Trolling the universe this morning, Richard Cohen wrote a column arguing that it wasn't racist of George Zimmerman to suspect Trayvon Martin of being a criminal because everyone knows that a disproportionate share of violent crimes are in fact committed by young black men.
I think what Cohen really means to be arguing isn't so much that neither he nor Zimmerman are racists, but that racism is the correct social and political posture. That white people have good reason to fear black men, and that therefore all black men should be put in a subordinate position. But as a logical argument, Cohen here is falling afoul of very poor statistical inference. For example, the vast majority of newspaper op-ed columnists in America are white men just like Richard Cohen. But that doesn't mean it's reasonable to see a white man walking down the street and assume he's a newspaper columnist. If you look specifically at Jewish men, you'll see the stereotype that we are disproportionately represented in the field of political commentary is absolutely accurate. And yet it is still not reasonable to assume that some randomly selected Jewish man is a professional political writer. Even right here on the mean streets of Washington, DC—a city that's legendary for its high rate of punditry—a clear majority of Jewish men are not pundits. It's just a very rare occupation.
Here are the demographic backgrounds of the a list of the top 50 pundits in America in 2009, a list compiled by The Atlantic.
By the same token, the fact that young black men are disproportionately likely to be involved in violent crime in no way licenses the inference that you should stop random black men on the street and begin treating them like criminals.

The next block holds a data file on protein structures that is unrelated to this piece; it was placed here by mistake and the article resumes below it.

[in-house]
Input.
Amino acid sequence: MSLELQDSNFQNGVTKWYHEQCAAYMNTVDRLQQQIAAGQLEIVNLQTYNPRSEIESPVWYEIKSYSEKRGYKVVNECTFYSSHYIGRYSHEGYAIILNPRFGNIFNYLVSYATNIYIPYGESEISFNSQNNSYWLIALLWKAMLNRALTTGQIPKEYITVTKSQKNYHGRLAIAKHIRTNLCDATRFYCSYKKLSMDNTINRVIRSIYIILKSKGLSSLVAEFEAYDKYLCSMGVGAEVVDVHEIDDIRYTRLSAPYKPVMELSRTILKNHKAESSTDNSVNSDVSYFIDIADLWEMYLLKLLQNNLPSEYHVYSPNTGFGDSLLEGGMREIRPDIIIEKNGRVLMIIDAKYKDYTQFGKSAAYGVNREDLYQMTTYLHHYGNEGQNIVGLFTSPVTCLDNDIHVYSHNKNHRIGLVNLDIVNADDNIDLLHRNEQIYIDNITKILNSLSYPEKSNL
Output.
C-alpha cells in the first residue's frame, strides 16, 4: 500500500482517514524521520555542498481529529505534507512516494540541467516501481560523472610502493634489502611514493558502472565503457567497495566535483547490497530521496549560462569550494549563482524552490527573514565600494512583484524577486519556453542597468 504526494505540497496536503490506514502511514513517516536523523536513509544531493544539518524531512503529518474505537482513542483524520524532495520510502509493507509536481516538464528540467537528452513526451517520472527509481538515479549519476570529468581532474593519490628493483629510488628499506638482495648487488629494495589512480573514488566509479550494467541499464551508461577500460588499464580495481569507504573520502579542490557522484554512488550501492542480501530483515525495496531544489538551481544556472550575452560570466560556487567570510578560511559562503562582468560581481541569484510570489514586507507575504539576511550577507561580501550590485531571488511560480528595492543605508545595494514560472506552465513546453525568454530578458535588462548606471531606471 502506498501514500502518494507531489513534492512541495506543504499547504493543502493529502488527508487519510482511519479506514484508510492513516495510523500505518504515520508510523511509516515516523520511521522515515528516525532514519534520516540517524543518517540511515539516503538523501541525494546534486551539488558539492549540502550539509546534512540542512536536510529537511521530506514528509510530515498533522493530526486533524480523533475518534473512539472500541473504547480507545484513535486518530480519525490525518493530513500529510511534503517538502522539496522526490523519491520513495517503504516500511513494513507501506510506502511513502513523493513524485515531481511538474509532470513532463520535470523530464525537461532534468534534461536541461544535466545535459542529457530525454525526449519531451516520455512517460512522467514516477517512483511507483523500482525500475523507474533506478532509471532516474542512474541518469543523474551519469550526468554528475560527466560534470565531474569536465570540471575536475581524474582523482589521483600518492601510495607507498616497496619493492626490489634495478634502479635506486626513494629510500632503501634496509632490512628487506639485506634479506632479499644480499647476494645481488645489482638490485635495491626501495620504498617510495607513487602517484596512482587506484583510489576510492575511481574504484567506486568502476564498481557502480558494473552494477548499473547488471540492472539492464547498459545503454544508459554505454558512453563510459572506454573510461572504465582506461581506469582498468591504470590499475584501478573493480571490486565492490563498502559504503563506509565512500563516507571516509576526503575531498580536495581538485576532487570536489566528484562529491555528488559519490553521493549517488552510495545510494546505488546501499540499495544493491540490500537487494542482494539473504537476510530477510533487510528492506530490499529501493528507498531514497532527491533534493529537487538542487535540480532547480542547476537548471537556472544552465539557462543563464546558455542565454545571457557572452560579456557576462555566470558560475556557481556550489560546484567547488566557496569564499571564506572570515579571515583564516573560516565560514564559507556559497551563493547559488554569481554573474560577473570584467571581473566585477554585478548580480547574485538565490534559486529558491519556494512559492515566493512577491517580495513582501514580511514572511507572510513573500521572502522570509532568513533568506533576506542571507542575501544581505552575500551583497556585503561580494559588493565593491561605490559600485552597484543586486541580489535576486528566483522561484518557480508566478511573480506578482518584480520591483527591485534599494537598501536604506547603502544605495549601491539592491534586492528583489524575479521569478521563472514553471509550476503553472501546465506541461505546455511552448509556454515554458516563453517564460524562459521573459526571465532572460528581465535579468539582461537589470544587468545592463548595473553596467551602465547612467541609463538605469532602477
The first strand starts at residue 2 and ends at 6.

For example, since moving to a majority black city ten years ago it is the case that 100 percent of the people who randomly assaulted me on the street were African-American. And yet that was a single incident on one day out of thousands. The overwhelming preponderance of black men I walk past on the street on a day-to-day basis—even the young ones, even the ones wearing hoodies—aren't committing any violent crimes.
Back on May 15, 2011, I wrote: "Was the beating of Matthew Yglesias a hate crime?"
If I were to start questioning every single black male teenager I come across as a criminal suspect, I would very much be engaged in unreasonable behavior. Now everyone makes mistakes, but the fact that Richard Cohen has been making this mistake in print for over 25 years leads me to think he just doesn't care. He knows most young black men aren't dangerous criminals, but he nonetheless thinks they should all be held under a cloud of preemptive suspicion anyway.
Sportswriter Damon Runyon (source of the great musical "Guys and Dolls") once amended the Book of Ecclesiastes:
"The race is not always to the swift, nor the battle to the strong, but that's how the smart money bets."